Don't know if there'S a good equivalent for patching purposes around as i would tend to say, that These should be highly flexible and bendable and not as stiff as the halogen stuff i use.
JohnLRice
Sir Ruff wrote:
Rex Coil 7 wrote:
Sir Ruff wrote:
PVC in general is just nasty stuff and I'm trying to reduce the amount of that in our house.
What of your water pipes? I mean, if your home has PVC pipes those are exposing your family to far more PVC than the tiny bit of off-gassing some patch cables may be doing. Kinda like worrying about what the candle flame might do, when the house is already fully ablaze and burning down.


Thankfully we have copper pipes.
Copper pipes could still be an issue if the pipes were soldered with lead based solder. Here's an article to read through:
https://www.businesswire.com/news/home/20040708005684/en/Contamination -Lead-Solder-Household-Water-Pipes-Toxic
Sir Ruff
JohnLRice wrote:
Sir Ruff wrote:
Rex Coil 7 wrote:
Sir Ruff wrote:
PVC in general is just nasty stuff and I'm trying to reduce the amount of that in our house.
What of your water pipes? I mean, if your home has PVC pipes those are exposing your family to far more PVC than the tiny bit of off-gassing some patch cables may be doing. Kinda like worrying about what the candle flame might do, when the house is already fully ablaze and burning down.


Thankfully we have copper pipes.
Copper pipes could still be an issue if the pipes were soldered with lead based solder. Here's an article to read through:
https://www.businesswire.com/news/home/20040708005684/en/Contamination -Lead-Solder-Household-Water-Pipes-Toxic


Yes, for sure.
mskala
wackelpeter wrote:
mskala wrote:


Maybe your best bet is to search for "halogen free," which would imply no PVC and is a concept the industry does routinely use (because of corrosion concerns).



The Concept with halogen free cable is mostly due to fire protection concerns.
Halogen free cable, does not set free the toxic gases and components that normal PVC set's free if it's enflamed, also it's much less flamable. But i haven'T heard About it in the context of corrosion, if it's not the characteristics when exposed to fire what you meant.


I've been reading a lot about solder fluxes recently and that's what I was thinking of. The main reason for wanting fluxes to be halogen-free is corrosion, not toxicity, because chloride ions in particular catalyse the ongoing oxidation of copper. For cable, yes, toxicity in a fire is probably a bigger reason for halogen-free to be an issue. On the other hand, the halogen compounds specifically banned by RoHS are bromine-containing fire retardants; there may be a trade-off between preventing fire and having the fire be non-toxic once it's happening.

The original poster hasn't stated a clear reason for objecting to PVC independent of its inferred lead content (about which I have some doubts), and toxicity in a fire may not be the main concern for an individual who doesn't plan to set fire to the cables. Unplanned fires aren't exactly non-toxic in any case. But I suggested halogen-free as a target because no matter what the reason, something that is halogen-free will necessarily be PVC-free.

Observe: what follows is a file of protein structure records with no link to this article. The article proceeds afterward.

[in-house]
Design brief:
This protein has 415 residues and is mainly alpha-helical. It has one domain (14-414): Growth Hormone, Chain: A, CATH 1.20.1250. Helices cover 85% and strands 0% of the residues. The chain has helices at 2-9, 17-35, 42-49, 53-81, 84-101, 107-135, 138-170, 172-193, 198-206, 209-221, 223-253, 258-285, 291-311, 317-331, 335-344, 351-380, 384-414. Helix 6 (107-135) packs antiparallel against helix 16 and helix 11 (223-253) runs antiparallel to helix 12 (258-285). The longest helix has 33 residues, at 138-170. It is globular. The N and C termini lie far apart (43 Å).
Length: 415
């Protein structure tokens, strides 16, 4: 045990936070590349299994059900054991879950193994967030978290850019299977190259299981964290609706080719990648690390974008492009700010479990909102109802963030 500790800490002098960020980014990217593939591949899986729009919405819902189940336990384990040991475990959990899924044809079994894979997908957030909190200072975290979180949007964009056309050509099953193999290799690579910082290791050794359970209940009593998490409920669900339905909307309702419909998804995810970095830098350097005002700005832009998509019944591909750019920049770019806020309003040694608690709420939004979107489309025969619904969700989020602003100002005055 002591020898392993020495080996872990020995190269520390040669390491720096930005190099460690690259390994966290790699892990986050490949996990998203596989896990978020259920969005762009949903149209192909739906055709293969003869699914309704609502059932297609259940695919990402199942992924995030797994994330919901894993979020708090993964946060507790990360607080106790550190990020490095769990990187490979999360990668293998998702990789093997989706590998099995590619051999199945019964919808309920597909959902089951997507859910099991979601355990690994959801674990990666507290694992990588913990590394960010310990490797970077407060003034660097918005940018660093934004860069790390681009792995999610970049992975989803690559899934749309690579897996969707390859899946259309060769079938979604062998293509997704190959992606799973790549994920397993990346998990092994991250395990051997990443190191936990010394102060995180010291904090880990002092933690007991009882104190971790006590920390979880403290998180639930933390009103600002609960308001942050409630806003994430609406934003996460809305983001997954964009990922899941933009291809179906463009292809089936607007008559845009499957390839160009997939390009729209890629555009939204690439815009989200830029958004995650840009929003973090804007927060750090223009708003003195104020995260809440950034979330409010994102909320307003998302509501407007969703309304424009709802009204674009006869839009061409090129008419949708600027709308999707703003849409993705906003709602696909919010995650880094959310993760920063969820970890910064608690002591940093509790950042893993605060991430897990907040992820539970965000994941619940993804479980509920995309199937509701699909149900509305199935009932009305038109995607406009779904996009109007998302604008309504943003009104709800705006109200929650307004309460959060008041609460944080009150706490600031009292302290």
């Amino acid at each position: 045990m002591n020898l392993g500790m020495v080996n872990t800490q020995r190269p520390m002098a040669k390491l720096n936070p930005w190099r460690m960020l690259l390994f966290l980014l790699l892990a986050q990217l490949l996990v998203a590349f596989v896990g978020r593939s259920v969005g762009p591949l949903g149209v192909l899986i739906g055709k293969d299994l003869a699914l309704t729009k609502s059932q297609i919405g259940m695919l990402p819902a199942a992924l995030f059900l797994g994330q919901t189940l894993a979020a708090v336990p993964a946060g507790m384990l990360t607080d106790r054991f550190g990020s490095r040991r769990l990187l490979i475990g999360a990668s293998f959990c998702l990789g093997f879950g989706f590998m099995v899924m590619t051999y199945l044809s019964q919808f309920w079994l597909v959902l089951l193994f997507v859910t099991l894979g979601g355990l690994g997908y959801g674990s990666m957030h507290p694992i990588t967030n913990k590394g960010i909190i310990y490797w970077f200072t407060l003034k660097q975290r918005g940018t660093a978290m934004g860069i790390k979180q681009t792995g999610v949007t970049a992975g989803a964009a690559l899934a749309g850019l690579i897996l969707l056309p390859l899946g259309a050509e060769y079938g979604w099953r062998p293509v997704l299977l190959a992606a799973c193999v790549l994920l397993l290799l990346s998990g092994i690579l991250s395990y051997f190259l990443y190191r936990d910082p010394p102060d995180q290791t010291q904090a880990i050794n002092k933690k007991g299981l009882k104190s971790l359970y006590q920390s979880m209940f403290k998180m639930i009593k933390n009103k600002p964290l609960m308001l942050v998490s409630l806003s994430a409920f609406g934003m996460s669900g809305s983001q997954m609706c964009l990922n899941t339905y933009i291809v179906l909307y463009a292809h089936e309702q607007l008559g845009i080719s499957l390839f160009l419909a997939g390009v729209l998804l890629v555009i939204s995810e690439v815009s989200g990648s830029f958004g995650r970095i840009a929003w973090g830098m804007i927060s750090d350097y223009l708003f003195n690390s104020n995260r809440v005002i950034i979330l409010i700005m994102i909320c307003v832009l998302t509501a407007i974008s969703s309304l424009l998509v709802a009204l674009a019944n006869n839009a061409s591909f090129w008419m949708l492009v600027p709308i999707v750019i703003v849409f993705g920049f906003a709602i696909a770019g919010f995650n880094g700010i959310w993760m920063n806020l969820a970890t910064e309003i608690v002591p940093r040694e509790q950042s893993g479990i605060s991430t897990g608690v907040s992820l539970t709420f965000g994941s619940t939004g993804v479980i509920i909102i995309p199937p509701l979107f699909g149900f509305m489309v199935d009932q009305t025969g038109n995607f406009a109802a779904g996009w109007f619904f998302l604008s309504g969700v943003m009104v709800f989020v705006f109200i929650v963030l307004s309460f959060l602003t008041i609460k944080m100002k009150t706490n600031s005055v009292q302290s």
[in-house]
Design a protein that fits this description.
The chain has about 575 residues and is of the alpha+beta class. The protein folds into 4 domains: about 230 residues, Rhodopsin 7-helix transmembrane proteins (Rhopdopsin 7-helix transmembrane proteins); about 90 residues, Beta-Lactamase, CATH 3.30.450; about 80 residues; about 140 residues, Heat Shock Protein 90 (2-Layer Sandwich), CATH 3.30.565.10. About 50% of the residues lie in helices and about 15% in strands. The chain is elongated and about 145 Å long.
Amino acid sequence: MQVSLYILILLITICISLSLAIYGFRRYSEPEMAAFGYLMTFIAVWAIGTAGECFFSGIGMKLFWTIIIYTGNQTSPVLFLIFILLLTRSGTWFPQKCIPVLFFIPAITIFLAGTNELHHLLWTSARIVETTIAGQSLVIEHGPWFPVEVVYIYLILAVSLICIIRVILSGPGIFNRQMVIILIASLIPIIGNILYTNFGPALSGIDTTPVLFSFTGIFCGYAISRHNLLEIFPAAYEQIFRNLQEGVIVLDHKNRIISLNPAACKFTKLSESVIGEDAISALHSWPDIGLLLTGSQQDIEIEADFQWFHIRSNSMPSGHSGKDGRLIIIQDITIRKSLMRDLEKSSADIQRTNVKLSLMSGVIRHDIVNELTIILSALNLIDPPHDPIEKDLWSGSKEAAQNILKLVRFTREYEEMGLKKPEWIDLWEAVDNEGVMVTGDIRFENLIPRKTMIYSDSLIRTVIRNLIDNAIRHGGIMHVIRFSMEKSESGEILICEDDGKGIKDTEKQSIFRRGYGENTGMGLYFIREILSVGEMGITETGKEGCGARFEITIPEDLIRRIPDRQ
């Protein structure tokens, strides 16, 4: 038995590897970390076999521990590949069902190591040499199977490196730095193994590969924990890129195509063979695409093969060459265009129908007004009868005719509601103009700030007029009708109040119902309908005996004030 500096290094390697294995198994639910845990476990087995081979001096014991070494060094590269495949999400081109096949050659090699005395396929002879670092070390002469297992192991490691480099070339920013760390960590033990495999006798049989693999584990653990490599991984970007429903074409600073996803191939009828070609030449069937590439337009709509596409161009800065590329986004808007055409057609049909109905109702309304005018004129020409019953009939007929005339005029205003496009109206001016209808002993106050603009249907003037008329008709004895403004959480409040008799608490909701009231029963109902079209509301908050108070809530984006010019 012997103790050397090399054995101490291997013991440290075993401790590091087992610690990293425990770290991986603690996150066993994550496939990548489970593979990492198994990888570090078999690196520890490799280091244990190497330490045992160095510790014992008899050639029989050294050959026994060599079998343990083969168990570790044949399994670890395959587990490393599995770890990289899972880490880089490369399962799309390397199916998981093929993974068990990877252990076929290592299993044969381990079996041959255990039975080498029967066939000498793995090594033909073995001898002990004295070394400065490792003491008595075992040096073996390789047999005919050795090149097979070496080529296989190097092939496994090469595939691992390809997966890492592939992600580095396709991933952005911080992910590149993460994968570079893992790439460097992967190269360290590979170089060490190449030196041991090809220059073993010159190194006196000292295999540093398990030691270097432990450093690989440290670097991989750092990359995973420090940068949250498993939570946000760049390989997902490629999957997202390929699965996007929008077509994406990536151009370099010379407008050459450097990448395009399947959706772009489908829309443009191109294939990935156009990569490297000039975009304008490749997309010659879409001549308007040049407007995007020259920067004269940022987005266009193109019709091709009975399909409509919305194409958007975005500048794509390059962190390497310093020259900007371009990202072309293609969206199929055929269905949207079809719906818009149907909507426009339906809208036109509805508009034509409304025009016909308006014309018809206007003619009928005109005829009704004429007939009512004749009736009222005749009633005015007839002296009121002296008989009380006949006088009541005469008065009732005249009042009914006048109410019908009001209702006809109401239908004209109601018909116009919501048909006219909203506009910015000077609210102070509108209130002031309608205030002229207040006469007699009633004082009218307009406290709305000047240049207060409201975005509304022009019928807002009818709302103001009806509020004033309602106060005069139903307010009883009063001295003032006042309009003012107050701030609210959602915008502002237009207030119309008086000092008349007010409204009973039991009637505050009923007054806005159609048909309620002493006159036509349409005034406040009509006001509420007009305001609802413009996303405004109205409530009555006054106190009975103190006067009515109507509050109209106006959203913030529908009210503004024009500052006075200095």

Sir Ruff
mskala wrote:
The original poster hasn't stated a clear reason for objecting to PVC independent of its inferred lead content (about which I have some doubts)


you've highlighted my exact reason smile The lead content of PVC is pretty well established--obviously there are exceptions to the rule, but I am inclined to err on the side of caution unless told otherwise. I don't want to have to worry about washing my hands every time I do a cable swap (the transfer of lead from PVC to hands I AM inferring here, since I haven't found any good research on it, but again, erring on side of caution).

The fire issues you mentioned are logical, but in the grand scheme of things, some PVC cables are not going to be the biggest environmental concern if a house goes up in flames.
mskala
Sir Ruff wrote:
You've highlighted my exact reason :) The lead content of PVC is pretty well established--obviously there are exceptions to the rule, but I am inclined to err on the side of caution unless told otherwise. I don't want to have to worry about washing my hands every time I do a cable swap (the transfer of lead from PVC to hands I AM inferring here, since I haven't found any good research on it, but again, erring on side of caution).


RoHS forbids intentionally added lead in any concentration except for certain exemptions and PVC isn't one of them. I think you're wasting your time trying to seek something both lead-free and PVC-free if your reason for avoiding PVC is only because of lead.
Sir Ruff
mskala wrote:
RoHS forbids intentionally added lead in any concentration except for certain exemptions and PVC isn't one of them. I think you're wasting your time trying to seek something both lead-free and PVC-free if your reason for avoiding PVC is only because of lead.


see posts above:

1) I bought some RoHS compliant, canvas jacketed 1/4" cables. No PVC and (presumably) minimal/no lead in jacket.

2) I was looking for other lead-free (not PVC free) options--Thankfully Hosa cables (which I already own) use lead-free PVC.

So there are affordable/mainstream options out there which fit either one or both criteria.